There are some concepts I've yet to understand For example, there are "sections", "objects" and "blocks" and I've yet to understand what the difference is between them. The software has some nice snap-to-XX features, some of which I understand and some of which I don't. For example, you can turn on a snap-to-border or snap-to-node option, but what is snap-to-tangent point? I turned on the mystery options and didn't see any difference as I created new paths and shapes.

There are some reproducible bugs There are a few, seemingly minor bugs that I can consistently reproduce in the software. I'll report them in the User Community Forum to see what happens.

Overall, the software is fun to learn! I'm really enjoying this process of teaching myself how to use the software. But for those of us who don't really like reading manuals, wouldn't it be nice to have some little videos to watch that basically go through the manual for you?

Wednesday, June 3, 2009

Stitch Era Forums

Just a quick note here about Stitch Era forums. I've discovered one Stitch Era forum in Yahoo Groups called stitcherasoftware but it appears to be abandoned - I asked to be added as a member and got no response. Sierra Technology has created what they call a Stitch ERA User's Community Forum which can be accessed through the software itself. I'm not sure if you can access the forum in any other manner (i.e. via a web browser), but I've emailed Technical Support to ask this very question.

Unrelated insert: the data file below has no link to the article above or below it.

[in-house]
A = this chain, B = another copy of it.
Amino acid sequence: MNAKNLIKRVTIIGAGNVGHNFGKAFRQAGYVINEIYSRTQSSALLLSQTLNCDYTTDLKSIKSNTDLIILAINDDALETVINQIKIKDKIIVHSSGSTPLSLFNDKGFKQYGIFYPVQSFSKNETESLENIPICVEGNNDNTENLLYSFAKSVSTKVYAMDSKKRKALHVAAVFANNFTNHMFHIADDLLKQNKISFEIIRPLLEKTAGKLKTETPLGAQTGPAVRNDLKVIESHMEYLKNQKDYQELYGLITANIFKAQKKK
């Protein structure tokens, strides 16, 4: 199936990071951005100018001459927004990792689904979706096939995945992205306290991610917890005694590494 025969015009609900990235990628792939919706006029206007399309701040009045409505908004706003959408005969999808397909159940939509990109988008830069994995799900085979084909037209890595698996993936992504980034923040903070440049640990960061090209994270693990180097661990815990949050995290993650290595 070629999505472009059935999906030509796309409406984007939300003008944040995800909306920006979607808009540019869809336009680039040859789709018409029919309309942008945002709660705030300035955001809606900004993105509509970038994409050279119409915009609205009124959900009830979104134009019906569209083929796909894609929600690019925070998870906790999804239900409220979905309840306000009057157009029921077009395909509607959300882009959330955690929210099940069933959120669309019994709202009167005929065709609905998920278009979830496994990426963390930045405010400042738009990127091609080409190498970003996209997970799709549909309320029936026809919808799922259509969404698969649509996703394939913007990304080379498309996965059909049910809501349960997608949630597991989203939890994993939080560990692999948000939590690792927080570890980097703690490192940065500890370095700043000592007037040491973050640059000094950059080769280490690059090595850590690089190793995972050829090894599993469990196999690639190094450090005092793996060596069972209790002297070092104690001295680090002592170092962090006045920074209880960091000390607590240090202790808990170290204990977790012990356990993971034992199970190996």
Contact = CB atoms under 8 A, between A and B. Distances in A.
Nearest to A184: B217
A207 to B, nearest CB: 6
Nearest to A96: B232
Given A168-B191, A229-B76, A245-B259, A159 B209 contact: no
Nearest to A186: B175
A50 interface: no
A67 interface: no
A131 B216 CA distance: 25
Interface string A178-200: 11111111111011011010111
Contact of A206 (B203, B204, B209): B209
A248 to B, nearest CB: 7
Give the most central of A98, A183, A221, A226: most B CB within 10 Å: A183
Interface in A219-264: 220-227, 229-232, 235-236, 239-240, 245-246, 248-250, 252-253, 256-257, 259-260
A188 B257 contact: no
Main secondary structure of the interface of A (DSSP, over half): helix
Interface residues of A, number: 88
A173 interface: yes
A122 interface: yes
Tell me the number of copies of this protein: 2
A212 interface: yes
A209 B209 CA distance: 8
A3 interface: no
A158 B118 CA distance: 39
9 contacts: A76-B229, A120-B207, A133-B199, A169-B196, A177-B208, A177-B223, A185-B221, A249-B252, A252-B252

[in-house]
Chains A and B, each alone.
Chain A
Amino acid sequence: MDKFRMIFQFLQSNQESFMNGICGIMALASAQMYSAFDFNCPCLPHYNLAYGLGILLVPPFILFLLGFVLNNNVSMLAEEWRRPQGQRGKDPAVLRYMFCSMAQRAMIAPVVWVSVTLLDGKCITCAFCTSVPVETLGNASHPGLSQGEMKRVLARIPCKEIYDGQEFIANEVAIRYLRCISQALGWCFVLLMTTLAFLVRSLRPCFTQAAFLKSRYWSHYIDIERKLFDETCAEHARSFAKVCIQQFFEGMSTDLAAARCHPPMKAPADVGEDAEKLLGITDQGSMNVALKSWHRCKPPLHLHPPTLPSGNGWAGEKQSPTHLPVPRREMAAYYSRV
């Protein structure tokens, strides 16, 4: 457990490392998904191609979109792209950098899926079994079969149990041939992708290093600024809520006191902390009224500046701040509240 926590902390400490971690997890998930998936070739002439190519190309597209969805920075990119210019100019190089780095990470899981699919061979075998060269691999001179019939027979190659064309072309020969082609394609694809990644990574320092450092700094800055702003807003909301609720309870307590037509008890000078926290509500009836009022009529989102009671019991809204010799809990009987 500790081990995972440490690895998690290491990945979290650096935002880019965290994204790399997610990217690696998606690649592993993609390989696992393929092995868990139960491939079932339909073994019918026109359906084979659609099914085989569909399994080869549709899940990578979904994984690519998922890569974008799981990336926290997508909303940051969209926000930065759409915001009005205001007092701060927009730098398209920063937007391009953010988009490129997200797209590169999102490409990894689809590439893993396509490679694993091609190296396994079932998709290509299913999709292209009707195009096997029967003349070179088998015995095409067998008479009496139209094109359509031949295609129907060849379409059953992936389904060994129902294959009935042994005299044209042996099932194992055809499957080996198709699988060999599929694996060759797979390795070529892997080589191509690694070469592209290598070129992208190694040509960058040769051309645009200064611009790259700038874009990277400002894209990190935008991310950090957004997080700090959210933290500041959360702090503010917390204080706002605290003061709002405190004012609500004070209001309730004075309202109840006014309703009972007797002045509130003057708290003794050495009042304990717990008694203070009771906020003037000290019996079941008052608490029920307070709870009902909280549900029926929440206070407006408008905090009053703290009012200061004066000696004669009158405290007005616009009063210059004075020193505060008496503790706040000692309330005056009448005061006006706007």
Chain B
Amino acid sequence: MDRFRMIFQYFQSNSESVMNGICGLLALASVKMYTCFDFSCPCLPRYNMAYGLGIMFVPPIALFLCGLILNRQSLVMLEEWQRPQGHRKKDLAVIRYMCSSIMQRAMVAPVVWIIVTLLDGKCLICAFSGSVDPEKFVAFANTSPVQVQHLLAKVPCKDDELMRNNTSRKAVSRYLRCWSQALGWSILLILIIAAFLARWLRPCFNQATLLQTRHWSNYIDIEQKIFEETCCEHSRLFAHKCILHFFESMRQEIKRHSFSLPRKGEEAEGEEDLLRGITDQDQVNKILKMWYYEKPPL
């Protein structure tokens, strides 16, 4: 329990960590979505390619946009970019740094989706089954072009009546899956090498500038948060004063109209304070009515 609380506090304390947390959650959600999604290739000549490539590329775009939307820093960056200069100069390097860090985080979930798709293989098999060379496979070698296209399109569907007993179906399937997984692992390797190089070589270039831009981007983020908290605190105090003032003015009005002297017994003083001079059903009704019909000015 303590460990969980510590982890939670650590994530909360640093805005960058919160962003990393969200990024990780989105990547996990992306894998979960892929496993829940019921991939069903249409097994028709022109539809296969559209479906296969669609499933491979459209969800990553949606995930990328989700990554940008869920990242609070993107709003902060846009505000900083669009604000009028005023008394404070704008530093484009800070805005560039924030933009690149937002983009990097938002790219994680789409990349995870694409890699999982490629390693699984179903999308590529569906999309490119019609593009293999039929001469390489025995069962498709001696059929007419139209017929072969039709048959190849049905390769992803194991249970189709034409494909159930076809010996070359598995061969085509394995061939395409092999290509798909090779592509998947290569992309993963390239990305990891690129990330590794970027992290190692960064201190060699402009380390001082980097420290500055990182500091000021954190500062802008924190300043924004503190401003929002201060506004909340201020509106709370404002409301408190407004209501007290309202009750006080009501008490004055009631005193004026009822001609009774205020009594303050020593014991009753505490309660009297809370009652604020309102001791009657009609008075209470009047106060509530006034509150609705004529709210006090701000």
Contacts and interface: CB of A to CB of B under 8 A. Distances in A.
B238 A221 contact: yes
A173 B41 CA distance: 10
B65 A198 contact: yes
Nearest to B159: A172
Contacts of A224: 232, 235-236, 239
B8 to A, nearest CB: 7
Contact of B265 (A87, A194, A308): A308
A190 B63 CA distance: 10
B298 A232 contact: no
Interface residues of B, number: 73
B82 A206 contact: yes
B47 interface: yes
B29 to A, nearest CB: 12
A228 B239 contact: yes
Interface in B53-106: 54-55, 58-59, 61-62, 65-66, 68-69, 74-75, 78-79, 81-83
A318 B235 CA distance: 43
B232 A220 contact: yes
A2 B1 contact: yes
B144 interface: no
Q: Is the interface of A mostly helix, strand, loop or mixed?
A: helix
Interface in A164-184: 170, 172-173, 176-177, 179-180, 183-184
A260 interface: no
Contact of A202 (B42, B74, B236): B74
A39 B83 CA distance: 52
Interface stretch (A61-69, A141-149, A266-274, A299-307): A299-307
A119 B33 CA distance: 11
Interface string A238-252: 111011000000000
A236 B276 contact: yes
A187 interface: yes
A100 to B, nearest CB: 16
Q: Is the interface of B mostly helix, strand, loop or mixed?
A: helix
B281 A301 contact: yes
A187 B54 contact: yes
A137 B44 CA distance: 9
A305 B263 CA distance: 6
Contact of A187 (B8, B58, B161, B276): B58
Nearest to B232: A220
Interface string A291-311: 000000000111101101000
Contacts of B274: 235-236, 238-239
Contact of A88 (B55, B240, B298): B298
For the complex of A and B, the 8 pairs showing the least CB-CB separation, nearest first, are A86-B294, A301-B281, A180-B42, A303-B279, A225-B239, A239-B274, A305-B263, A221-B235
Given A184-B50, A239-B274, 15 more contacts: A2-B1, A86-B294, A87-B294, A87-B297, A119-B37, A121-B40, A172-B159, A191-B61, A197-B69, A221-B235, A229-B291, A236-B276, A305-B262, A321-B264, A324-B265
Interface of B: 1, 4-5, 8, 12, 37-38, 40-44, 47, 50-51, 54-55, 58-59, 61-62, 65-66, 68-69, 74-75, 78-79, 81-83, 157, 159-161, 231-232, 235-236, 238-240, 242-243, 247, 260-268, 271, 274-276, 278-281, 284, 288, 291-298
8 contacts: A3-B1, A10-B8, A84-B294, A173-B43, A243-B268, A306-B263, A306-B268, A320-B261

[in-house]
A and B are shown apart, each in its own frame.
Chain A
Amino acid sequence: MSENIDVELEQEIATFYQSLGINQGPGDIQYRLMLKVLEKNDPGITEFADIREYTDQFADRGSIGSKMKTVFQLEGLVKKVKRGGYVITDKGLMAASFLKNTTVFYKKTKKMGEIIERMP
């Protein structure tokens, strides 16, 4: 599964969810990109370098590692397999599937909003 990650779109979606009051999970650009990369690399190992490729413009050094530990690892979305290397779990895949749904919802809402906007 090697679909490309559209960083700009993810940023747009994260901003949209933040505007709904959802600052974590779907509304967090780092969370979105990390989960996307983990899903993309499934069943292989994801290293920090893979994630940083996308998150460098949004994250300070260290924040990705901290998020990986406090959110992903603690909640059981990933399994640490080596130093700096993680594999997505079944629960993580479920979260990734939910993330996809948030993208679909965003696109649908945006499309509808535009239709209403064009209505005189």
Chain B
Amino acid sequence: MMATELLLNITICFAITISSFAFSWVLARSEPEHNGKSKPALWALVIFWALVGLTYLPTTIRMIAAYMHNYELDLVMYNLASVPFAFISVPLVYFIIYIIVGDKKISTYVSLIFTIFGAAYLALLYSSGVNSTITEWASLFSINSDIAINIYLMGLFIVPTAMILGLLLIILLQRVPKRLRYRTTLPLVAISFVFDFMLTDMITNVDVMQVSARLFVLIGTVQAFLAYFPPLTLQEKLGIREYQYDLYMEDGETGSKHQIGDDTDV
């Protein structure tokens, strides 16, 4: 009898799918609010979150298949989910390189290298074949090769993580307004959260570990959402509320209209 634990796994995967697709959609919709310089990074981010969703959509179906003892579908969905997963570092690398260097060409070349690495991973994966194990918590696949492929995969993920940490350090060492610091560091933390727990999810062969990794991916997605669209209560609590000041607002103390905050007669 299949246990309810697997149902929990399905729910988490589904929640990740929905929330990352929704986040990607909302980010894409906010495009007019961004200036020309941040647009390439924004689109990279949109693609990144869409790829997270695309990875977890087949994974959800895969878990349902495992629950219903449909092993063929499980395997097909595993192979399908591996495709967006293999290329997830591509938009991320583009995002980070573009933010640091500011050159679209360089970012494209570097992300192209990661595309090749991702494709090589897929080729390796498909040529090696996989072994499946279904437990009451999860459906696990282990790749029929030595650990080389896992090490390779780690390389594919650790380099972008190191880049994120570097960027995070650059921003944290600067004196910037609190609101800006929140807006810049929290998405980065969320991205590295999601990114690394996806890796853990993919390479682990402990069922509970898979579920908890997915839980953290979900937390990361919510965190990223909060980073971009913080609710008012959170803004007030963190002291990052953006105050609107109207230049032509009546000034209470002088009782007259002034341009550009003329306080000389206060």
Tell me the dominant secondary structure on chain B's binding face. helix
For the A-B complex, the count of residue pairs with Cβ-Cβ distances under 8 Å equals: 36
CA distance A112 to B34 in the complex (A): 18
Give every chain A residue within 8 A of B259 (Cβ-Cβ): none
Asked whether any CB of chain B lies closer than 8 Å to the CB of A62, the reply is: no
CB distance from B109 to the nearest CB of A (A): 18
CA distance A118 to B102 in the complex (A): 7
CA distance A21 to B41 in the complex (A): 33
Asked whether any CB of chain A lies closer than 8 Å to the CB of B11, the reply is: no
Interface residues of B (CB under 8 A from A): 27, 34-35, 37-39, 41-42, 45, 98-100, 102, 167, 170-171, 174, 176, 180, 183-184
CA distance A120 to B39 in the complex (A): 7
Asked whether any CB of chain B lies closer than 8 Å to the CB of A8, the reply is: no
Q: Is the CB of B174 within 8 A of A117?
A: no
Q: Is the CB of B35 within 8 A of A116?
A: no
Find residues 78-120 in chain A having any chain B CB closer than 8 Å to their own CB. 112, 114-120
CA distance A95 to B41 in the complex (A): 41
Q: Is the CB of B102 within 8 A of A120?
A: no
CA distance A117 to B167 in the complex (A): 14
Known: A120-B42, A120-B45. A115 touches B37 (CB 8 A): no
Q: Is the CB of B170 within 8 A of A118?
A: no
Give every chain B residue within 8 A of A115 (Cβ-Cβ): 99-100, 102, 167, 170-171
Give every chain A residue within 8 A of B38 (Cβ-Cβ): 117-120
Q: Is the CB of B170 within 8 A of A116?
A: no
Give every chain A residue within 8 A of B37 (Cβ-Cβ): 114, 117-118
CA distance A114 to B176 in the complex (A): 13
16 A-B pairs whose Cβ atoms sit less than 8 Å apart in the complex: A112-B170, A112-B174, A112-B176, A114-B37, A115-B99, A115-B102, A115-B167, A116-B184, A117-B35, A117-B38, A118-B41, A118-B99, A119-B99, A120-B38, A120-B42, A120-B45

When I did look at the User's Community Forum, it seemed very sparse - not too many questions. Most, if not all, questions I found to be answered. Nonetheless, it was somewhat disappointing to see so little discourse. So it seems, at the moment, there's virtually no public forums available to talk about Stitch Era and the one forum that does exist is for customers only. If this product is as good as it looks, I think it's in our best interest as customers and in Sierra Technology's best interest to encourage public discourse about the product.